J. Benjamin Hinnant
303 O'Boyle (202) 319-5750
My research interests are in the development of psychopathology, developmental biopsychology, and their interactions with environmental and socializing characteristics. I employ a general developmental psychopathology framework in attempting to clarify relations between biology, environment, and their prediction of children’s socio-emotional adjustment and health. This research cuts across different areas of study and includes biological psychology, developmental psychology, and family studies. The primary biological characteristics that I focus on are autonomic nervous system (ANS) activity across the parasympathetic and sympathetic branches, hypothalamic-pituitary adrenal (HPA) activity, and sleep. Some of this research has focused on how patterns of physiological arousal at rest and during stress interact to predict children's internalizing and externalizing behavior over time. Other aspects of this research bring in environmental characteristics as well and investigate how, for example, parental marital conflict and harsh parenting predicts child adjustment over time in the context of specific patterns of autonomic function.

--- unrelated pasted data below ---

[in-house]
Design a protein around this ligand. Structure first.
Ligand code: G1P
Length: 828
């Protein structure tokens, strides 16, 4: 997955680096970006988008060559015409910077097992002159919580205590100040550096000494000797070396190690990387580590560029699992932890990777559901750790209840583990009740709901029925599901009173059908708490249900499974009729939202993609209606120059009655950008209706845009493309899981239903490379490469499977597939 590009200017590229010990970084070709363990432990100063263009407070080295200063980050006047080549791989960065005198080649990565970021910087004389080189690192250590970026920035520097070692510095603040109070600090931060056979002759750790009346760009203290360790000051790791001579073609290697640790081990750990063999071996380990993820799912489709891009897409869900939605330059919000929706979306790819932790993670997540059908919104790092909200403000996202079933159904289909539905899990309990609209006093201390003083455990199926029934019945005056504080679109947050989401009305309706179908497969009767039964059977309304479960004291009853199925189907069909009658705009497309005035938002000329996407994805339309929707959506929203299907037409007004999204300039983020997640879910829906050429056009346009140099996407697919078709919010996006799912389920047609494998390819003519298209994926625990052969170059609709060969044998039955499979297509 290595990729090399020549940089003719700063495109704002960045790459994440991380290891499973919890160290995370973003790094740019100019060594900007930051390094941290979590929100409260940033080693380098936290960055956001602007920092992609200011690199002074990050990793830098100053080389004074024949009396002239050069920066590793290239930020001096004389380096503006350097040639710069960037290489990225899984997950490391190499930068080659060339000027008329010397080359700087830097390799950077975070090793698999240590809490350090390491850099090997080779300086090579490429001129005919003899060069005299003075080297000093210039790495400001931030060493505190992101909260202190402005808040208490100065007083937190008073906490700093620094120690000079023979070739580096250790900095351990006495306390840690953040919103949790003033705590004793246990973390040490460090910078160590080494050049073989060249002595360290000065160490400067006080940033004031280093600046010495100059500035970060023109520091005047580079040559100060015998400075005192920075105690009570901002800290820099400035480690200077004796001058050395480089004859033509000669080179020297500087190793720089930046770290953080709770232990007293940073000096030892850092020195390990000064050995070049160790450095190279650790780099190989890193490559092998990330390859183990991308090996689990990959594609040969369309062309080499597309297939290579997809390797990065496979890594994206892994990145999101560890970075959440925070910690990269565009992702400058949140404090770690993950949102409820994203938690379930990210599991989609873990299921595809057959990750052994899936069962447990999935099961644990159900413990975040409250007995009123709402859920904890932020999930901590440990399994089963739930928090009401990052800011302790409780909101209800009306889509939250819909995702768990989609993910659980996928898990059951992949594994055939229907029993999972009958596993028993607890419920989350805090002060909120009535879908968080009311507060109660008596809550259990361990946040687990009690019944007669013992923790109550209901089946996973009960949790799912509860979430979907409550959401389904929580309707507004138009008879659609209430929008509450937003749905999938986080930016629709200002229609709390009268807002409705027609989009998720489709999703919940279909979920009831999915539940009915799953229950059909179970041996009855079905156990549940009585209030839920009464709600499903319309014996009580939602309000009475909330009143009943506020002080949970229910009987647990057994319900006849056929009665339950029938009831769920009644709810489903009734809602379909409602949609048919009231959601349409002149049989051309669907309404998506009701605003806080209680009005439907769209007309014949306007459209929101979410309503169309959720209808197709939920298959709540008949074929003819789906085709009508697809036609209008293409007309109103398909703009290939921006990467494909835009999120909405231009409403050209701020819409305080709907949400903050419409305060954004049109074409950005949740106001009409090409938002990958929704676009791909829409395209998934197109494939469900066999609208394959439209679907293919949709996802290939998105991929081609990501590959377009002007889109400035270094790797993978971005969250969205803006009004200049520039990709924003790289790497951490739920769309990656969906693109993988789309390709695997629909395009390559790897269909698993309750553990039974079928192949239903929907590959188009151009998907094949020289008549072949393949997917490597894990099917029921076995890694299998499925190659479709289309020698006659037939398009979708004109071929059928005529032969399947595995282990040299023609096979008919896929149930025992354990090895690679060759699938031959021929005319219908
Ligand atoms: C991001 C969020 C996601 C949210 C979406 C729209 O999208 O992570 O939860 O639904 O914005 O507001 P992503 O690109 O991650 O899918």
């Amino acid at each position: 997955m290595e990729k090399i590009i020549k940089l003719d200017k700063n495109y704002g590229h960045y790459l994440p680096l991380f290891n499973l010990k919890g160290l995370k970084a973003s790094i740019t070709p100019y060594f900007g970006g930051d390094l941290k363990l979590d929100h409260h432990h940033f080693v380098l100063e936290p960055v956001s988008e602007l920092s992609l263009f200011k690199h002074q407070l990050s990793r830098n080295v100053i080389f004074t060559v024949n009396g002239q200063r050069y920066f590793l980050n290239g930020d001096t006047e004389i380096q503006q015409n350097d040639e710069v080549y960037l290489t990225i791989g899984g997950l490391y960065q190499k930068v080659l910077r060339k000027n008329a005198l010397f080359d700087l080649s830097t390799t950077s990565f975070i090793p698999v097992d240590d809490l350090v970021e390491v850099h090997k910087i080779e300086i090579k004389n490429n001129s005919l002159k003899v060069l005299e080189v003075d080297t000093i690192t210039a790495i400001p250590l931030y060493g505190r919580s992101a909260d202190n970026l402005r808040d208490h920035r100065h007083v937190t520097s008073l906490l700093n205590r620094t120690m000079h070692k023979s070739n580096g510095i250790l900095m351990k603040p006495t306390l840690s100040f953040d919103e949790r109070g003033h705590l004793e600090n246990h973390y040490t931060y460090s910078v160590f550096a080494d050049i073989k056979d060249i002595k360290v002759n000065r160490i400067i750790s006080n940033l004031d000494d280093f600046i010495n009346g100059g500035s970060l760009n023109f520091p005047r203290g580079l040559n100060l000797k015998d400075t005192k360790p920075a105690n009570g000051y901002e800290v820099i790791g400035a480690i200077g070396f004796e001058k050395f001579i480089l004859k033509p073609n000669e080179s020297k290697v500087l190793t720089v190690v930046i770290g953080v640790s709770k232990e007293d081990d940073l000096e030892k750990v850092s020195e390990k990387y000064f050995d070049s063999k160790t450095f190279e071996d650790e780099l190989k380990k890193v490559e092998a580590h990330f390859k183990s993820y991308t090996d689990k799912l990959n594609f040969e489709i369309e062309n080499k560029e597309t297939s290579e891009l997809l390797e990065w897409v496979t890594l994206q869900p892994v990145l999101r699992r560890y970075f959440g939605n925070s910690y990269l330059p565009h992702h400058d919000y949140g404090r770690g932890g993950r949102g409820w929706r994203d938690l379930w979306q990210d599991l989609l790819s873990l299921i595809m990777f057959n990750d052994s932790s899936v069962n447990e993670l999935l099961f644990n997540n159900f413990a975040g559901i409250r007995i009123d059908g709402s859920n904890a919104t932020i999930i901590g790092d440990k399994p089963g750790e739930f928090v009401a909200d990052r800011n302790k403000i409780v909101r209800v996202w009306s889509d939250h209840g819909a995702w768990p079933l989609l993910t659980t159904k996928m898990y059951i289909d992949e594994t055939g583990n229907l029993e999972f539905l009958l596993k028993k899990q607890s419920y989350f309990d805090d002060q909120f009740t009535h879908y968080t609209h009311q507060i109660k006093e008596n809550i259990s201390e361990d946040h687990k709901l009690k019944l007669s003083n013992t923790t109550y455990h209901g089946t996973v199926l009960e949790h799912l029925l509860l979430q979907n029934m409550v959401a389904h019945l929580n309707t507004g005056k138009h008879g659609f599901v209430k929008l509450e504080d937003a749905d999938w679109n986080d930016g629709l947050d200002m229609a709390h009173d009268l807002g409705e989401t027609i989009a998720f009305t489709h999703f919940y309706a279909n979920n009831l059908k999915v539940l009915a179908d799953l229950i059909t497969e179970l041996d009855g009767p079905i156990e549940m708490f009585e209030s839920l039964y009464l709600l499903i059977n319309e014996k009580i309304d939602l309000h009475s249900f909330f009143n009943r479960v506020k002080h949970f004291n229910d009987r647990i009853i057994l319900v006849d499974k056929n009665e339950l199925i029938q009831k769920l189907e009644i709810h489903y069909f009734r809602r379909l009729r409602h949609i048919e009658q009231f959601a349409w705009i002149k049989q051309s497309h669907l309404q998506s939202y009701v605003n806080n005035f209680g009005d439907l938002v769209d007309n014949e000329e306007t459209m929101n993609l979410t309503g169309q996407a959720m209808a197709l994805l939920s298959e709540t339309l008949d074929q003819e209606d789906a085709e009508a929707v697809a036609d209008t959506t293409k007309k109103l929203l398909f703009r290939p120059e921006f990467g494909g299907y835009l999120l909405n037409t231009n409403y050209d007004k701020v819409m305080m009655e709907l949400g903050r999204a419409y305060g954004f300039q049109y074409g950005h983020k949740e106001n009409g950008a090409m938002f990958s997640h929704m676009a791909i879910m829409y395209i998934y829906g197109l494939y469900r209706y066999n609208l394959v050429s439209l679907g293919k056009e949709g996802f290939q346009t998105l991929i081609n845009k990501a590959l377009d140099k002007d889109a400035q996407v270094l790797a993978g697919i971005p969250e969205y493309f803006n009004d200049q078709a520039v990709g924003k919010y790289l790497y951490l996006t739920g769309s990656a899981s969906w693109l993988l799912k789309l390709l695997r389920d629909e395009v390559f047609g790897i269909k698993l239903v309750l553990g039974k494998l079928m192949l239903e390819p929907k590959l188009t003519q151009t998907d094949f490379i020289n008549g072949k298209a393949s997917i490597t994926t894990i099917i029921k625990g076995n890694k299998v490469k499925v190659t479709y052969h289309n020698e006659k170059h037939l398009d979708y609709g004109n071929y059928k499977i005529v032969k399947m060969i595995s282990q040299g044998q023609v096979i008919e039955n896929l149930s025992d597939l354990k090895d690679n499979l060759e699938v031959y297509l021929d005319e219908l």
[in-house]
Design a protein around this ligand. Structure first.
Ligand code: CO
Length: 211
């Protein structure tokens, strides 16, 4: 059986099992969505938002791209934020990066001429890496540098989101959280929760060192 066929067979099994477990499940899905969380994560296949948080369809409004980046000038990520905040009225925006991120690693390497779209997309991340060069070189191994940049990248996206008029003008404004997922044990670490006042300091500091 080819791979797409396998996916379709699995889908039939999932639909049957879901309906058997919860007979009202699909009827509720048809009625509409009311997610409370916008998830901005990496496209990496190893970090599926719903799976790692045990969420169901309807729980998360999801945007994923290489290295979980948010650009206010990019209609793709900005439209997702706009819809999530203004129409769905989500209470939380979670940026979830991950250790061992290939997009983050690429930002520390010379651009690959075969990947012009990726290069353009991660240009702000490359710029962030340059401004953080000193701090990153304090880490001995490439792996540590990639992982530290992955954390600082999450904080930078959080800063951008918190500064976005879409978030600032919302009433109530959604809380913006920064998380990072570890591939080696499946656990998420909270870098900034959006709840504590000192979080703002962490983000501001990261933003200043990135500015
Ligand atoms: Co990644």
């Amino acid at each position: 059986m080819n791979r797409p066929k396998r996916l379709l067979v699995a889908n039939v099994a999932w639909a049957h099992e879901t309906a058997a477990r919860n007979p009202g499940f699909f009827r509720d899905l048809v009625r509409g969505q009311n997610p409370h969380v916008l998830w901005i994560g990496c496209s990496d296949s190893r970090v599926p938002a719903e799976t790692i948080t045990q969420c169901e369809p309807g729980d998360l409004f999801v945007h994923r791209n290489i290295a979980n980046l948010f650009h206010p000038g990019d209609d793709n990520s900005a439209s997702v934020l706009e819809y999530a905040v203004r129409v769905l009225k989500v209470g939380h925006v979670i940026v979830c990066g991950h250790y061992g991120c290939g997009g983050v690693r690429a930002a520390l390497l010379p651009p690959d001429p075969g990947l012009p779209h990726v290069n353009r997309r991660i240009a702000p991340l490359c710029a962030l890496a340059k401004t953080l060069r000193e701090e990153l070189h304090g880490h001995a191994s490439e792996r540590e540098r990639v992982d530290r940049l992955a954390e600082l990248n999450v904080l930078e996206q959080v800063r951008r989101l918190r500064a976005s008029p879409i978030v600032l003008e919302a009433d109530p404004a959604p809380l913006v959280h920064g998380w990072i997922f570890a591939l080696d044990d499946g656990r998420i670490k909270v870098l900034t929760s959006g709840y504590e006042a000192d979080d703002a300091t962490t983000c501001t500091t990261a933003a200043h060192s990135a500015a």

Postdoctoral fellow (2008-2011) Auburn University
Ph.D. (2008) Human Development and Family Studies, UNC at Greensboro
M.S. (2005) Human Development and Family Studies, UNC at Greensboro
B.S. (2002) Psychology, Clemson University
El-Sheikh, M., & Hinnant, J.B. (2011). Marital conflict, respiratory sinus arrhythmia, and allostatic load: Interrelations and associations with the development of children’s externalizing behavior [Special issue on allostatic load]. Development and Psychopathology, 23, 815-829.
El-Sheikh, M., Hinnant, J.B., & Erath, S. (2011). Developmental trajectories of delinquency symptoms in childhood: The role of marital conflict and autonomic nervous system activity. Journal of Abnormal Psychology, 120, 16-32.
Hinnant, J.B., Elmore-Staton, L., & El-Sheikh, M. (2011). Developmental trajectories of respiratory sinus arrhythmia and pre-ejection period in middle childhood. Developmental Psychobiology, 53, 59-68.
Hinnant, J.B., & El-Sheikh, M. (2009). Children’s externalizing and internalizing symptoms over time: The role of individual differences in patterns of RSA responding. Journal of Abnormal Child Psychology, 37, 1049-1061.
Psychology 622, Cognitive Development